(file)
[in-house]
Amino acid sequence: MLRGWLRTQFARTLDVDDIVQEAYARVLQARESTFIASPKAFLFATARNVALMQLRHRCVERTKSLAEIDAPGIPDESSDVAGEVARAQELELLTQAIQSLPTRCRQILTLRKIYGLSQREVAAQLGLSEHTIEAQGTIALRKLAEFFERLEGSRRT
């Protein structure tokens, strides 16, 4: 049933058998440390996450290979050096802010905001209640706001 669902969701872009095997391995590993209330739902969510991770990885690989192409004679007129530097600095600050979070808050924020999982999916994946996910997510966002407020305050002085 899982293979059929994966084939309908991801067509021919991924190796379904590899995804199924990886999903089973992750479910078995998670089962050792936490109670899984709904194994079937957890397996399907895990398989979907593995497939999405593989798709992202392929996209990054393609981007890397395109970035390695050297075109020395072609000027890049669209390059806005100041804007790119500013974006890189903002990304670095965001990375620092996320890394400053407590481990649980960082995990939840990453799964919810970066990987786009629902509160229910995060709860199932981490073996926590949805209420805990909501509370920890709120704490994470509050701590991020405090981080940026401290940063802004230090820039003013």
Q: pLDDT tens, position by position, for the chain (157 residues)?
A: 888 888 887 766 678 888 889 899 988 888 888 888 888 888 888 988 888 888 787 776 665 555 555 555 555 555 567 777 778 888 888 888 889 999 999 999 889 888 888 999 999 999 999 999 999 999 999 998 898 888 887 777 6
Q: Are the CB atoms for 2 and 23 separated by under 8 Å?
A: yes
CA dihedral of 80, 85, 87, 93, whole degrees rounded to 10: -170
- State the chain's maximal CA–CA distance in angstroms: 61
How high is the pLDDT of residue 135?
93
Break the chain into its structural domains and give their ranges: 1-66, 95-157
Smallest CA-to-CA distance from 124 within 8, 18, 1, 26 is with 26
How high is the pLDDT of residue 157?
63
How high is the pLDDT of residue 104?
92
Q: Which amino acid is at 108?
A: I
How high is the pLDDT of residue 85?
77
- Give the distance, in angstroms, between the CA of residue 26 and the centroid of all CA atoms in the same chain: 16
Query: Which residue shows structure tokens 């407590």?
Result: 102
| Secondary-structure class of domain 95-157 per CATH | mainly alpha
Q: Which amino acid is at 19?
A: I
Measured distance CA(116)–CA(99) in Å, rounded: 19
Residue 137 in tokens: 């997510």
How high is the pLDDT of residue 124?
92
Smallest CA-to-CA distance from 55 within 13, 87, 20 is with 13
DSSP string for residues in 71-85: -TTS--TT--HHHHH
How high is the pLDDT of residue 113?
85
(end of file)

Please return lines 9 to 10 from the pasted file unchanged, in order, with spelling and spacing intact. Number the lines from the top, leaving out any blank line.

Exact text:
- State the chain's maximal CA–CA distance in angstroms: 61
How high is the pLDDT of residue 135?